The purpose of this study was to evaluate the results of arthroscopic
repair of isolated superior labral lesions of the shoulder.
We evaluated thirty-four patients at a mean of thirty-three months
(range, twenty-four to forty-nine months) following arthroscopic
repair of an isolated superior labral lesion of the shoulder with
suture anchors. The outcome of treatment was evaluated with the
University of California at Los Angeles shoulder score and on the
basis of the patient's ability to return to prior activities. There
were thirty male patients and four female patients with a mean age
of twenty-six years (range, sixteen to thirty-five years). Thirty
patients were involved in athletic activities, and eighteen of them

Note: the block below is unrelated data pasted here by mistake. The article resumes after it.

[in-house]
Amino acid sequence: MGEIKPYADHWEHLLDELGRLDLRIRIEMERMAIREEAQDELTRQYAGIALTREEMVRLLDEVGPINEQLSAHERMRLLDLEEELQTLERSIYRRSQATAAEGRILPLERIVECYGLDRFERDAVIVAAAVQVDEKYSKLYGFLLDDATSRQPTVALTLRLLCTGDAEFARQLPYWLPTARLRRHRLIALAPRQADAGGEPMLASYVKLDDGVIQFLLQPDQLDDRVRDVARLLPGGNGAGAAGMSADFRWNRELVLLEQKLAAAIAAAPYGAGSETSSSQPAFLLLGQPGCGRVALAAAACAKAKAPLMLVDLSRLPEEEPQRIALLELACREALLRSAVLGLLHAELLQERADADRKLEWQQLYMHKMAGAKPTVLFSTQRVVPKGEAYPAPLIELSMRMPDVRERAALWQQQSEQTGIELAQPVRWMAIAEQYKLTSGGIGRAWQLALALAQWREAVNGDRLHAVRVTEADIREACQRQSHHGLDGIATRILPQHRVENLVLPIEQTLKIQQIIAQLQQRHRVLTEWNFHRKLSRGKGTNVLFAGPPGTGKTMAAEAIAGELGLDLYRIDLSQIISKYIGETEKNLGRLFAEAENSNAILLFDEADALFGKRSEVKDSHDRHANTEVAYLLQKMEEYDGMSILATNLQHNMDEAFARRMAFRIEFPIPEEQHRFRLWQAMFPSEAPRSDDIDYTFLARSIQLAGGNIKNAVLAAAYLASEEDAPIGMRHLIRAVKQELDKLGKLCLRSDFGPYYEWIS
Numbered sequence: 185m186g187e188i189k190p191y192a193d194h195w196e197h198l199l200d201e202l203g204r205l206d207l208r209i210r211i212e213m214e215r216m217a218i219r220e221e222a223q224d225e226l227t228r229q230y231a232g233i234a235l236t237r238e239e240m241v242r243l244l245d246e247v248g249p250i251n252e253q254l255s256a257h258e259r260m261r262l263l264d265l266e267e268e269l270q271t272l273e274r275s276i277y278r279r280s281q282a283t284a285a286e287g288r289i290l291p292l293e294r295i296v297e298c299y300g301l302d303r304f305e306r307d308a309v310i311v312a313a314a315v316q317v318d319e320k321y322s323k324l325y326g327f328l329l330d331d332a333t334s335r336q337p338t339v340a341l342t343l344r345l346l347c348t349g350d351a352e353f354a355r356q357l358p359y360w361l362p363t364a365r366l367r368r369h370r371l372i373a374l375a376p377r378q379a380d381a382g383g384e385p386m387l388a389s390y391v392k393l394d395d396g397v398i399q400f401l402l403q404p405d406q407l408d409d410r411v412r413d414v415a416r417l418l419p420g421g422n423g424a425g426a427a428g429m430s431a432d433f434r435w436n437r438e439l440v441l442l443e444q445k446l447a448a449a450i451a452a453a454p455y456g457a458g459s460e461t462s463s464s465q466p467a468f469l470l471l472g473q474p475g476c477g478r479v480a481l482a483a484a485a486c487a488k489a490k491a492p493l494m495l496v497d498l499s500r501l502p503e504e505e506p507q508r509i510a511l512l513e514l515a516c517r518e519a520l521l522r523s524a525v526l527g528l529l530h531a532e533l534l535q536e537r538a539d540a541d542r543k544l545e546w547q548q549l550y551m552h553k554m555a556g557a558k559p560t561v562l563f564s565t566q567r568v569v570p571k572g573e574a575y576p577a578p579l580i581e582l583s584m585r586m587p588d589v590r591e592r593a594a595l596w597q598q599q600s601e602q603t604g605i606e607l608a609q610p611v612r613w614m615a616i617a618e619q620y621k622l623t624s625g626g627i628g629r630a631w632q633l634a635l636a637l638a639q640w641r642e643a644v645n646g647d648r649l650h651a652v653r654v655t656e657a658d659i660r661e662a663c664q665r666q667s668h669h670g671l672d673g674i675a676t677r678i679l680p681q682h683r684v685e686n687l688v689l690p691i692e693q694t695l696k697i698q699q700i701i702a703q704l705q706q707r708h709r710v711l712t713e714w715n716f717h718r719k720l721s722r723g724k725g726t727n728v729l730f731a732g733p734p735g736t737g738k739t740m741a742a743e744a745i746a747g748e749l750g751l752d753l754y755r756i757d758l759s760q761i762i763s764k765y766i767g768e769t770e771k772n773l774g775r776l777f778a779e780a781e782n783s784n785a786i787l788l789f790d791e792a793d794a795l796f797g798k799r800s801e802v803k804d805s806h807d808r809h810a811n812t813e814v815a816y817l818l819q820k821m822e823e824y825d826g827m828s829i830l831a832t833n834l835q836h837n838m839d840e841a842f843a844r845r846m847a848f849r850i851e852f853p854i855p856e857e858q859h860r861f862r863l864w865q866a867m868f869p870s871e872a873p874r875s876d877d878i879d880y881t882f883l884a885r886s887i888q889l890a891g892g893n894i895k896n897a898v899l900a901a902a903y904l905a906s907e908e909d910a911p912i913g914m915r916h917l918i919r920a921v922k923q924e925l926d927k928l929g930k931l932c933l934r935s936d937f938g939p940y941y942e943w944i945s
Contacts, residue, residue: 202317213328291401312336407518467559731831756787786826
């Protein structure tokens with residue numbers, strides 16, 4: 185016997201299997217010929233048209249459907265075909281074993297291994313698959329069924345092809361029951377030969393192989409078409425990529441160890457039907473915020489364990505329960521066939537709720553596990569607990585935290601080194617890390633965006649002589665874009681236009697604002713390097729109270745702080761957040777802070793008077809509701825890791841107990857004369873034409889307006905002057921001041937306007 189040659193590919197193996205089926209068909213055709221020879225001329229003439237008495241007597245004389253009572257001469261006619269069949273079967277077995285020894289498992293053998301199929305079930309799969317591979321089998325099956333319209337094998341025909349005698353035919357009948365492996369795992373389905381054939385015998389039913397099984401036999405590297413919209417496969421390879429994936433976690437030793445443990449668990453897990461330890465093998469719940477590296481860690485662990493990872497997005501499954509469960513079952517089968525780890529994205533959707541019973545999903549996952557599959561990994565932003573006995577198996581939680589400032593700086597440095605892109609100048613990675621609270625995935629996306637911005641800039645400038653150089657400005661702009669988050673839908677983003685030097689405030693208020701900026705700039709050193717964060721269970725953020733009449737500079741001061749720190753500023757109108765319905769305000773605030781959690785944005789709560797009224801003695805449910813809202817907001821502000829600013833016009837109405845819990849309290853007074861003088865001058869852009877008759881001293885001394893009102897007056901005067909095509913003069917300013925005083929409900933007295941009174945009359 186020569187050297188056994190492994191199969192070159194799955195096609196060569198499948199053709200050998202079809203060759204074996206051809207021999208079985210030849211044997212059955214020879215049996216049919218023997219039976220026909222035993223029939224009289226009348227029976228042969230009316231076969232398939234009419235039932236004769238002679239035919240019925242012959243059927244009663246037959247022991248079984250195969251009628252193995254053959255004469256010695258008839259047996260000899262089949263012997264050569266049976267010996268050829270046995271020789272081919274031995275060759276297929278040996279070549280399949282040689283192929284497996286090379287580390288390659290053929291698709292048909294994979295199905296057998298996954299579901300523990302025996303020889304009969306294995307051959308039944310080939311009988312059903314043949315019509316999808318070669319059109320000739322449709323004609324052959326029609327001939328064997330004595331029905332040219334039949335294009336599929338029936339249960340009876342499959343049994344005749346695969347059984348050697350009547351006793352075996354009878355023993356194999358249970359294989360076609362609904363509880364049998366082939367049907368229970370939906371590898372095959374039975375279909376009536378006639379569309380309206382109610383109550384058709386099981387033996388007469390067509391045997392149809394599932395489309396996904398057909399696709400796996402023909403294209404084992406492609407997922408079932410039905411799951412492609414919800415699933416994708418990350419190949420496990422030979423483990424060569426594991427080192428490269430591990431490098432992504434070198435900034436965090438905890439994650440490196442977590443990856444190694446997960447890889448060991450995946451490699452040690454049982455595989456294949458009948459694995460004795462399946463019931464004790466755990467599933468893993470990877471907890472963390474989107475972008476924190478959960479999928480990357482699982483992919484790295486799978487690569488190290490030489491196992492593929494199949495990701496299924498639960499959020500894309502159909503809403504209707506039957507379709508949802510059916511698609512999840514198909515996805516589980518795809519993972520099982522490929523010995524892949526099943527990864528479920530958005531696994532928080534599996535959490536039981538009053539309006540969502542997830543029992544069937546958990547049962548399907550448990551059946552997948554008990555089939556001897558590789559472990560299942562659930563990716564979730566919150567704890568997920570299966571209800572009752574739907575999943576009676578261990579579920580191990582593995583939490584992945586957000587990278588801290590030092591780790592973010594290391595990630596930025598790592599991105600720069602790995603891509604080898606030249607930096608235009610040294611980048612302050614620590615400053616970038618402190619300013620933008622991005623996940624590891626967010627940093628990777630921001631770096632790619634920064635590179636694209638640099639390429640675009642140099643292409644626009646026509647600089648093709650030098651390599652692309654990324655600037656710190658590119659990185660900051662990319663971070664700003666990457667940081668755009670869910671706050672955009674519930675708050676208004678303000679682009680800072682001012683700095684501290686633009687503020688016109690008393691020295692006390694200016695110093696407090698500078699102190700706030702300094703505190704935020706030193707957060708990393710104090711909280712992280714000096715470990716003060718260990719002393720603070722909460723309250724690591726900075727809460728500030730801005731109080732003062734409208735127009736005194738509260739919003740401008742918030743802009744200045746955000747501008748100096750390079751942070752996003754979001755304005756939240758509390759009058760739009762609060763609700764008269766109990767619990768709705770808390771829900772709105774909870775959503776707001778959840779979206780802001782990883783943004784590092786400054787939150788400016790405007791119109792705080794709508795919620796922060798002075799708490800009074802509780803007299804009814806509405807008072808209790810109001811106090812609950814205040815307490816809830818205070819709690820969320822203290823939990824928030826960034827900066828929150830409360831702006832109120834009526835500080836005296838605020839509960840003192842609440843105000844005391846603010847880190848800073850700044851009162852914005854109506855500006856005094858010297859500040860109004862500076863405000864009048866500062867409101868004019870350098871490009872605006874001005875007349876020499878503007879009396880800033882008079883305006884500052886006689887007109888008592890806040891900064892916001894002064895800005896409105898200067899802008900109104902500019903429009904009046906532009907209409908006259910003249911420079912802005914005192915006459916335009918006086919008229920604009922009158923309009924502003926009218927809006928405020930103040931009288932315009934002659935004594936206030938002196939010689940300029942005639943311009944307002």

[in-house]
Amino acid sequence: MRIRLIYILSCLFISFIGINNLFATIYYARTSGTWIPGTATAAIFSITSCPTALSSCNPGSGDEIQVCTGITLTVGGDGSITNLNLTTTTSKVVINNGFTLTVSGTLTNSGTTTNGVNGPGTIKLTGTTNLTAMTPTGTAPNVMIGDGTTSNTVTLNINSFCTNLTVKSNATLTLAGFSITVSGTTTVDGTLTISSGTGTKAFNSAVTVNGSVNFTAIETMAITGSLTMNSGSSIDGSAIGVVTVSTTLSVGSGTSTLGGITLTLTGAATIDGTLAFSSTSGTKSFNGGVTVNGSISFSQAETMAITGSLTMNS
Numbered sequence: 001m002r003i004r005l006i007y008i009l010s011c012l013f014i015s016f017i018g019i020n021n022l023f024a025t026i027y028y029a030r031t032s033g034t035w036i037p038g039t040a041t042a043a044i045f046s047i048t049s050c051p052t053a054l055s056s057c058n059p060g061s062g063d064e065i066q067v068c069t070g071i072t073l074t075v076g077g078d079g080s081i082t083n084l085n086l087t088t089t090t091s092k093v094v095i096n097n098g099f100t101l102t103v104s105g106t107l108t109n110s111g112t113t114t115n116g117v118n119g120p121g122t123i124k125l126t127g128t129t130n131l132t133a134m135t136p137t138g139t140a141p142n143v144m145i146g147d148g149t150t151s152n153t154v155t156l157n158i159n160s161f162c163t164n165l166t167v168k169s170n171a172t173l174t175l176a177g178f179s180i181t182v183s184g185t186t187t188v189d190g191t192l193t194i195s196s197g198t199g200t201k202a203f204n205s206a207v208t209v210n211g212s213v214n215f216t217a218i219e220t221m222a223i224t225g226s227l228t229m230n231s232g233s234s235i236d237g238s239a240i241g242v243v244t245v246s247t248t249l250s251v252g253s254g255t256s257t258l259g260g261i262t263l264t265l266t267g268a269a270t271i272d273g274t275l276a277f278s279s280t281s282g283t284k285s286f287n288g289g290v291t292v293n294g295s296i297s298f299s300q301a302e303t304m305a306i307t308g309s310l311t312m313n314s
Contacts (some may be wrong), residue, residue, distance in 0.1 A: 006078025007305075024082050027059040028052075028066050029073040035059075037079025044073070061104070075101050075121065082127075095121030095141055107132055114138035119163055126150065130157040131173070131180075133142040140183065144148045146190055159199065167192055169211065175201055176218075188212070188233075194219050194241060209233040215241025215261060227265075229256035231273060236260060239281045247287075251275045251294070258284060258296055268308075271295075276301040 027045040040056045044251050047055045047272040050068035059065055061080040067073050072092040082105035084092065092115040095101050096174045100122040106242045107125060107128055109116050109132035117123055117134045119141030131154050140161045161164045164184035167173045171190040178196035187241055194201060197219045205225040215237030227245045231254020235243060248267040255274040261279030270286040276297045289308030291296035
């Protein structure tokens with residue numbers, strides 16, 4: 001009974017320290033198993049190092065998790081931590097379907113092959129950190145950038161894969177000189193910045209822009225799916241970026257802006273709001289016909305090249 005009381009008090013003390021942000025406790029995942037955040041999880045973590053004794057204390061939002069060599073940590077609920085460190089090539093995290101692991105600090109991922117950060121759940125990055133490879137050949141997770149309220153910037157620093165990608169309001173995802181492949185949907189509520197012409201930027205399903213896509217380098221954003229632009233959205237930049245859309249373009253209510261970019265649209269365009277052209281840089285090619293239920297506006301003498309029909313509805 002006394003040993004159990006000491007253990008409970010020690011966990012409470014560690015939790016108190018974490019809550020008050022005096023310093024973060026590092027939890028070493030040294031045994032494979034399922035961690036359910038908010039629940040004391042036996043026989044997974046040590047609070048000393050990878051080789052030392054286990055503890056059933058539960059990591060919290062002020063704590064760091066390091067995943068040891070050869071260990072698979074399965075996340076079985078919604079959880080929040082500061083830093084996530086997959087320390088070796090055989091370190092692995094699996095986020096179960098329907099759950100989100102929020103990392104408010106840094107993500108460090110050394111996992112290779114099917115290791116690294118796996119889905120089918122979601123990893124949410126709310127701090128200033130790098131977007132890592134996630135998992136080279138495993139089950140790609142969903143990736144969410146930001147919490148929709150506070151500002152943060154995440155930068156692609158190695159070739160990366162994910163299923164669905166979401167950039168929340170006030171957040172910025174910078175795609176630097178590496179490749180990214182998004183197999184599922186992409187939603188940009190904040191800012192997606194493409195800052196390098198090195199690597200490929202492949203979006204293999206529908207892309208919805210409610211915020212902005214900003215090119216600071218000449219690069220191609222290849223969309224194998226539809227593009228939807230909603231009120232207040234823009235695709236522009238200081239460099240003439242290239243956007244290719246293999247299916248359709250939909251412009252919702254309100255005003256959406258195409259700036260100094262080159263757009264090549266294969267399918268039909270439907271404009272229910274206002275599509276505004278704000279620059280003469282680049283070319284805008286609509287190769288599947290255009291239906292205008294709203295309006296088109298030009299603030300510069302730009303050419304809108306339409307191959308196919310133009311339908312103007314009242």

were engaged in overhead sports.
Repair of the superior labral lesion resulted in a satisfactory University
of California at Los Angeles shoulder score for thirty-two patients
(94%) and an unsatisfactory score for two. Thirty-one patients (91%)
regained their preinjury level of shoulder function. The shoulder
score and the return to activity were correlated with the type of
sports activity (r = 0.291, p < 0.0001 and r = 0.373, p = 0.010,
respectively. Patients participating in overhead sports had significantly
lower shoulder scores and a lower percentage of return to their
preinjury level of shoulder function compared with patients who
were not engaged in overhead activity (p = 0.024 and 0.015, respectively).
Arthroscopic repair of an isolated superior labral lesion is successful
in a majority of patients. However, the results in patients who
participate in overhead sports are not as satisfactory as those
in patients who are not involved in overhead sports.